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'This is the start of the process, not the conclusion': Windsor mayor makes Roseland Golf promises


When it comes to a proposed condo complex on the grounds of the Roseland Golf & Curling Club, Windsor Mayor Drew Dilkens said two things are for certain.

Firstly, Roseland Golf is not going anywhere under his watch.

“I don't even envision any council dumb enough to close Roseland Golf to make it a housing development,” Dilkens said while quashing the thought a proposed condo complex on the property of the Donald Ross designed course could open the door for future development on the property.

Secondly, Dilkens promised that residents would have their say when it comes to the proposed development at Roseland Golf.

“This is the start of the process, not the conclusion of the process,” Dilkens said after announcing on March 1 the clubhouse and parking lot area at Roseland as one of four properties identified for residential development.

A rendering of a proposed 38-unit condo complex is available for the public to see on the City of Windsor website.

“We want the public feedback because that will help inform the ultimate design,” Dilkens said. “The renderings that you see were to start a conversation.”

An information session is being held March 7 at Roseland between 4 p.m. to 7 p.m. to hear ideas and concerns. An online survey is also available.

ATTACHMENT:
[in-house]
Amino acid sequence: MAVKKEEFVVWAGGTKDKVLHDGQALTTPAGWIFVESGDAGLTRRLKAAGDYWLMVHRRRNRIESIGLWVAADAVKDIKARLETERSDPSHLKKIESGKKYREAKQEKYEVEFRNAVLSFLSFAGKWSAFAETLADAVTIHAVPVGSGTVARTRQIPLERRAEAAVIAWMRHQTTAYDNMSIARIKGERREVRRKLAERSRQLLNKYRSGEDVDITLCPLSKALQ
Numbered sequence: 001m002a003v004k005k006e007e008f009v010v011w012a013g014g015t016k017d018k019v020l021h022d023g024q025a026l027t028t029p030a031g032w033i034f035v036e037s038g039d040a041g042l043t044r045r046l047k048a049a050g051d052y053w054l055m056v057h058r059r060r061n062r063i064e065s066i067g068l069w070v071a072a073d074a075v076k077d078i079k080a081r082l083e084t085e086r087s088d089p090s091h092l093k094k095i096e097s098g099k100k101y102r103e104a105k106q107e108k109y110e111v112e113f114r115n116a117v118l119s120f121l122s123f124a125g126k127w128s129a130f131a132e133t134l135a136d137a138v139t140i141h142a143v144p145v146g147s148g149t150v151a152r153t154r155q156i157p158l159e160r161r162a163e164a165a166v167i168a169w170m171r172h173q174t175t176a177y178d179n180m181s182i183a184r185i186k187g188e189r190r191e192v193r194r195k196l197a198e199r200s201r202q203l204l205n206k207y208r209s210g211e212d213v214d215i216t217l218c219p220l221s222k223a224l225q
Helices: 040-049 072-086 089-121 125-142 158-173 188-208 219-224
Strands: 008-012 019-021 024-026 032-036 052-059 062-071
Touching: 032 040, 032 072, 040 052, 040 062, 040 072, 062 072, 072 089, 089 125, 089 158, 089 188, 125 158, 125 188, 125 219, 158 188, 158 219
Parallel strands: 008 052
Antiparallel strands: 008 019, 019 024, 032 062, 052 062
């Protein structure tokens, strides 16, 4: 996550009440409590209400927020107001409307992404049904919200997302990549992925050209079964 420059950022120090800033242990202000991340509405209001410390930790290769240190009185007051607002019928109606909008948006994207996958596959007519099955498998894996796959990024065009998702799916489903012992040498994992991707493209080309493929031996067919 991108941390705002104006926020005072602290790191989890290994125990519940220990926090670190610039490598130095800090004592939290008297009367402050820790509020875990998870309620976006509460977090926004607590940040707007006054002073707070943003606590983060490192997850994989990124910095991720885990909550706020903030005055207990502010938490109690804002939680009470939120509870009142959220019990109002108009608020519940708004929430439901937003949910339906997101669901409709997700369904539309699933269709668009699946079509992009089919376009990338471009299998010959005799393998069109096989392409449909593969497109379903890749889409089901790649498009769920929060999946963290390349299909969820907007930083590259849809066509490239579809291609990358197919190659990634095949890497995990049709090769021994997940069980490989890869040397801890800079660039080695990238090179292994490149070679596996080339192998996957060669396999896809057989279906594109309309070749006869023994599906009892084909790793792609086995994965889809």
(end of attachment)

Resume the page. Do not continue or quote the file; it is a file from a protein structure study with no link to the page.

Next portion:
An unscientific survey of 28 Roseland residents Monday showed seven were indifferent to the proposal, six want more information, six are for and nine are against, including one resident who said that the city should spend the money on power washing, painting and fixing the building instead of tearing it down.

“Willistead Manor is older. McKenzie Hall is older. Even the Renaissance Centre is older and so is my house. This place was pretty much neglected of proper care,” said Roseland resident James Demers.

Randy Semeniuk lives a couple of doors down from the golf course and is going to attend the information session with an open mind.

“We all realize we need more housing but if it's done in a proper way, it's attractive, it doesn't impinge on the golf course then I'd probably support it,” he said.

Terry Fink, a member of the Future of Curling in Windsor-Essex Committee, wondered why ideas other than a condo complex aren’t being investigated.

“It gets back to a listening strategy to the community before you go and say here's what it is and this is the only option,” Fink said.

Semeniuk feels there are options to create income year round on the property outside of golf.

“Pickleball if it's indoor. Golf simulators in the winter. As long as you have a decent restaurant people from the neighbourhood will go there so that's what I'm hoping for,” he said.

It all starts with discussions Dilkens said he looks forward to.

“Required for all four sites is a statutory rezoning process which mandates more public consultation before it's actually, before any project is actually approved. We look forward to hearing all of the feedback from residents,” Dilkens said. Top Stories

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